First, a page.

Next, Hibaq Osman is a twenty-two-year old Somali writer born and raised in West London. She currently studies psychology and counselling at Roehampton University. Mahfouz questions Osman and the difference between the publication of a pamphlet of poetry (Silence You Can Carry) versus writing for the publication in a book. Osman describes how performing her poetry was a barrier she could hide behind as when one is performing they could adapt a character. While in comparison, when writing work for publication Osman revealed she wrote differently as she felt more authentic. Osman shows her ‘realness’ by reciting “Matchstick Lips”, a poem about her mother and the confession of her poetic profession. Osman’s next poem continues the theme of familial relations as her poem “The Things I Would Tell You” is revealed to be about her brother.
Mahfouz thanks Osman for her generosity to lend her poem as the title of the anthology and briskly reads extracts of other writers from the anthology; Amina Jama’s poem “Home to a Man”, Seema Begum’s Ticking Poem “Uomini Cadranno”, Shazea Quraishi’s poem “Steps”, Aisha Mirza’s essay “Staying Alive Through Brexit.” Lastly she finishes the readings by reading an extract from her play “Battle face” about a spy attempting to recruit a cosmetic doctor specialising in facial rejuvenation. Mahfouz makes the audience laugh as she apologies for her attempt at the spy’s Northern accent.
To my dismay, as I was enthralled in the readings, the time for questions signalled nearing the end. So immersed in the collection, and my desire for the readings to continue, I plucked up the courage to ask about the possibility of the production of another anthology after its success and sold event. Furthermore, as a Muslim women writer from abroad (Ireland), I posed the question of opening the anthology to Muslim women writers outside the UK. While Mahfouz enjoyed the “beautiful success” of the anthology, she announced no further anthology would be produced. Instead, Mahfouz hopes other countries will create their own journeys as she points out there is no American equivalent of the anthology. She encourages the repetition of the success of “The Things I Would Tell You” and allows the title to be re-used in the process.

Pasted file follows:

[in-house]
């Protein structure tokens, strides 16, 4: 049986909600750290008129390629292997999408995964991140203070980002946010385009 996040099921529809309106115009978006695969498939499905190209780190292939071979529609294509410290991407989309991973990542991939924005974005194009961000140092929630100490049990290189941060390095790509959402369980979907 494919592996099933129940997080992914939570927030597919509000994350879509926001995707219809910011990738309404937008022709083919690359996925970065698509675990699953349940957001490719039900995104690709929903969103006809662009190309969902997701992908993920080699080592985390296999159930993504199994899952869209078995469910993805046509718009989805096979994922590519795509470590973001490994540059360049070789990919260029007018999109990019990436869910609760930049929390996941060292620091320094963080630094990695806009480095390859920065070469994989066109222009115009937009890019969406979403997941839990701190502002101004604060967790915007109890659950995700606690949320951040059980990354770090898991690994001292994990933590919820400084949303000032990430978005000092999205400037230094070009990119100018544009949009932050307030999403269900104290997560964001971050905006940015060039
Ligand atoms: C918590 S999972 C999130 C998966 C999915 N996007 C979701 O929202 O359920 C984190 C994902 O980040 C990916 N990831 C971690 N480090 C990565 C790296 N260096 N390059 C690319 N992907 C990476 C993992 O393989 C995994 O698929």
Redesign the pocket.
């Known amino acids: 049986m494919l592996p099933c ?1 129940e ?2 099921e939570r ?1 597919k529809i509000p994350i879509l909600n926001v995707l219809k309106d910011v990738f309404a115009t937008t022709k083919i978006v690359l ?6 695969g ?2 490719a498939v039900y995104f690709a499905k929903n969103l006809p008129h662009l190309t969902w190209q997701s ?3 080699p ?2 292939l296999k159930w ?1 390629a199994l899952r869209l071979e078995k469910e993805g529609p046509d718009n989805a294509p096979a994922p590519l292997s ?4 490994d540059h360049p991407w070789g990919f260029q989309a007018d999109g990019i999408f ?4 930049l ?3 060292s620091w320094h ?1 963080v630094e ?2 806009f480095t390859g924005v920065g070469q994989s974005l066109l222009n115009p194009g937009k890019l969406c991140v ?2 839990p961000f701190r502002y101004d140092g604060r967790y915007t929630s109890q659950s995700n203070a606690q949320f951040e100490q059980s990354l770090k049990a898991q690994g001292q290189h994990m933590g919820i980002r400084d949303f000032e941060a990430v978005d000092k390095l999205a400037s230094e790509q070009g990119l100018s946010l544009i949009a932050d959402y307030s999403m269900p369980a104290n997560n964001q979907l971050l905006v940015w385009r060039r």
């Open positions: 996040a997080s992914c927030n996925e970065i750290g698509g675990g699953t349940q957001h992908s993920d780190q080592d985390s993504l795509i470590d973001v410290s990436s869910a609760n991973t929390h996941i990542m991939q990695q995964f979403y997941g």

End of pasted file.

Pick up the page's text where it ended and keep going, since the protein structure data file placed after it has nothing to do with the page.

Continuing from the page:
The final question of the event resolves around the writers drawing on family experiences in their work and if the anthology is valued by their families and communities. Hibaq Osman takes to the mic and makes the audience laugh as she reveals her mother’s delight at engaging with her Muslim heritage and other Muslim writers. Similarly, her younger sister admired the work as it gave her a sense of validation. The other writers agree on the pride they feel on the achievement of the anthology. Mahfouz ends the evening with her final remark and how she desired a mix of emerging voices alongside prominent established writers like Kamila Shamsie and Leila Aboulela. When she approached the heavy weight wrtiers, they were thrilled as they were feeling more positive in being labelled/using the term ‘Muslim’ writer.
Last year, when conducing my undergraduate dissertation, my topic concerned the representation of Muslim women in literature. At the end of the event, I told the writers of my disappointment of the lack of anthologies when they kindly signed my copy of the book. Now, however, after the event I’m proud to see the progression in the literary field and the revolutionising of the label ‘Muslim’ in a positive perspective. Though Mahfouz does not desire to produce another anthology, the readings from the event will motivate and inspire writers, including myself, to pursue the dream of producing an anthology of prominent Muslim women writers from various corners of the world.